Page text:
- Emergency department spending per member rose 85 percent between 2009 and 2015 primarily because of hospitals coding and billing for a greater number of high severity cases, new Health Care Cost Institute (HCCI) data revealed.
Spending on high severity cases, or visits with Current Procedural Terminology (CPT) codes 99285 and 99284, increased more than 100 percent in the study’s period, uncovered the HCCI and Vox analysis of over 70 million emergency department bills.
Hospitals code and bill emergency department cases using five successive CPT codes, ranging from 99281 to 99285. Higher codes signify greater severity and hospital prices for more severe cases are more expensive.
Despite overall emergency department use remaining relatively stable from 2009 to 2015, the investigation showed that the use and price of high severity visits increased over the period.
The number of emergency department visits coded using 99285 and 99284 significantly increased. The percent change since 2009 for the highest severity code was 20 percent and the preceding code faced a 10 percent change.
Conversely, hospitals coded less for less severe codes. The percent change since 2009 for the least severe CPT code (99281) was negative 37 percent, followed by a negative 30 percent change for the 99282 code and a negative 11 percent change for the 99283 code.
Source: Health Care Cost Institute (HCCI)
As hospitals coding for more severe cases increased, so did hospital prices for treating complex patients. The price for the more severe emergency department visit grew by over $400, from $498 in 2009 to $900 in 2015, HCCI reported.
Although, the emergency department prices did vary by state, the report noted. Some states experienced price increases over 100 percent, whereas price growth was half the national rate in other states.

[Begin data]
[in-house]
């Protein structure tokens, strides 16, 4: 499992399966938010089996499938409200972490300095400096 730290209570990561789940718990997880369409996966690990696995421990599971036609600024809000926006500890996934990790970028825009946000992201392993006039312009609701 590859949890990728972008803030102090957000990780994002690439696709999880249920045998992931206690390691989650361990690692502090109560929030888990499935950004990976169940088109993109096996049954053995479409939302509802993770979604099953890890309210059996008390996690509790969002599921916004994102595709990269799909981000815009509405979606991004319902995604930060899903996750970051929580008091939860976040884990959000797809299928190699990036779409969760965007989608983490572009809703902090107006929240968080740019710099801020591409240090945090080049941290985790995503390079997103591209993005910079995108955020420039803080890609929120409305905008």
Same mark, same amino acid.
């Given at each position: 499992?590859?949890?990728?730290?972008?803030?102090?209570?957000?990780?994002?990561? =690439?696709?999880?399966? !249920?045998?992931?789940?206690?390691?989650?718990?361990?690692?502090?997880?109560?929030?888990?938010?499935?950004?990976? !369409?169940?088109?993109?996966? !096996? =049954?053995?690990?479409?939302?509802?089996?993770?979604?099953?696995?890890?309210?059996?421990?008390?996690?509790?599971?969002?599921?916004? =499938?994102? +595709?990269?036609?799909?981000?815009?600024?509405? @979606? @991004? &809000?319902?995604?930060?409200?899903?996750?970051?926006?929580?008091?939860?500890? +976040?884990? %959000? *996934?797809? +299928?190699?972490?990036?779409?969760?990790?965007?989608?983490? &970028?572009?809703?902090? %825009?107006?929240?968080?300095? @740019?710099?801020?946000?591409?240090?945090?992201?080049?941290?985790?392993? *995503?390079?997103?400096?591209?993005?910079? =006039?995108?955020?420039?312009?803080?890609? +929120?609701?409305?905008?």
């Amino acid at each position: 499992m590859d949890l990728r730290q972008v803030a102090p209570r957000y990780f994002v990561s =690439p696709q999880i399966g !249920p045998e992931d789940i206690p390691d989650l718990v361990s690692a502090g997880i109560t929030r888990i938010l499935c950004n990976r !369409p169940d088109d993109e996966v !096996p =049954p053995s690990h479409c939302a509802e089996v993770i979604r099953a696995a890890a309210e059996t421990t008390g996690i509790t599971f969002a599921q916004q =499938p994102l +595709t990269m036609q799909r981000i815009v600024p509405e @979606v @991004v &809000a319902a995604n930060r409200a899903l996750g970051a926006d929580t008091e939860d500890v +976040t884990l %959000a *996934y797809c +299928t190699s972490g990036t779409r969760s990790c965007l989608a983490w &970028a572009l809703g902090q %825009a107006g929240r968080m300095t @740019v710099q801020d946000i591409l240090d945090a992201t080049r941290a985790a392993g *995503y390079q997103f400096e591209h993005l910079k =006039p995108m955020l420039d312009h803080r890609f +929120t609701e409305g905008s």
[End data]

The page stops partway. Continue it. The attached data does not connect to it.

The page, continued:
Source: Health Care Cost Institute (HCCI)
The increasing use of high severity codes and hospital prices for those visits spelled trouble for patient pocketbooks, Vox reporter Sarah Kliff and HCCI explained. Patients seeking emergency care ended up paying significantly more compared to six years. The impact is even greater for those with high-deductible health plans.
“It is having a dramatic effect on what people spend in a hospital setting,” HCCI Executive Director Niall Brennan told Kliff. “And as we know, that has a trickle-down effect on premiums and benefits.”
Some healthcare experts, like Robert Derlet, Professor Emeritus in Emergency Medicine at the University of California Davis, contend that the recent rise in prices for emergency care is a hospital issue. Hospitals can boost their prices because of their market power. Their emergency departments are the only care setting open during off-hours.
“If you have a monopoly — and when it comes to the ER, it’s a monopoly — you can set any price you want,” Derlet explained to Kliff. “What is going to deter me from increasing my price? Who can stop me? If I’m the financial officer for the hospital, I might even get a bonus for doing this.”
However, hospital groups argue that case mix severity and prices are increasing because doctors are treating sicker patients in the emergency room.
“The number and complexity of ED visits continues to increase — this trend is not surprising given current population and healthcare-related trends,” the American Hospital Association’s Senior Vice President for Public Policy Ashley Thompson said in a statement to Vox.
Emergency department providers may also not realize how their treatment plans affect patient financial responsibility or costs in general. Only 40 percent of the providers correctly estimated the healthcare costs associated with three common emergency department procedures, a 2016 Journal of the American Osteopathic Association study showed.
“Healthcare professionals in the ED [emergency department] continue to have an inadequate understanding of the costs associated with care routinely provided in the ED,” the study stated. “Education concerning cost, such as through the computerized physician order entry, is likely to improve efficiency and decrease costs to the patients as well as the health care system overall.”
Providers may not truly understand costs because no federal guidelines exist to help doctors or billing staff code visits, resulting in different coding and billing practices for the same visit, Kliff added.
Under the Obama administration, CMS attempted to stop upcoding of emergency departments by eliminating sliding facility fees for visits. Instead, the federal agency proposed to reimburse hospitals a flat fee for all Medicare visits, regardless of case severity.
However, the emergency department payment reform rule was never enacted after hospital groups criticized the proposal.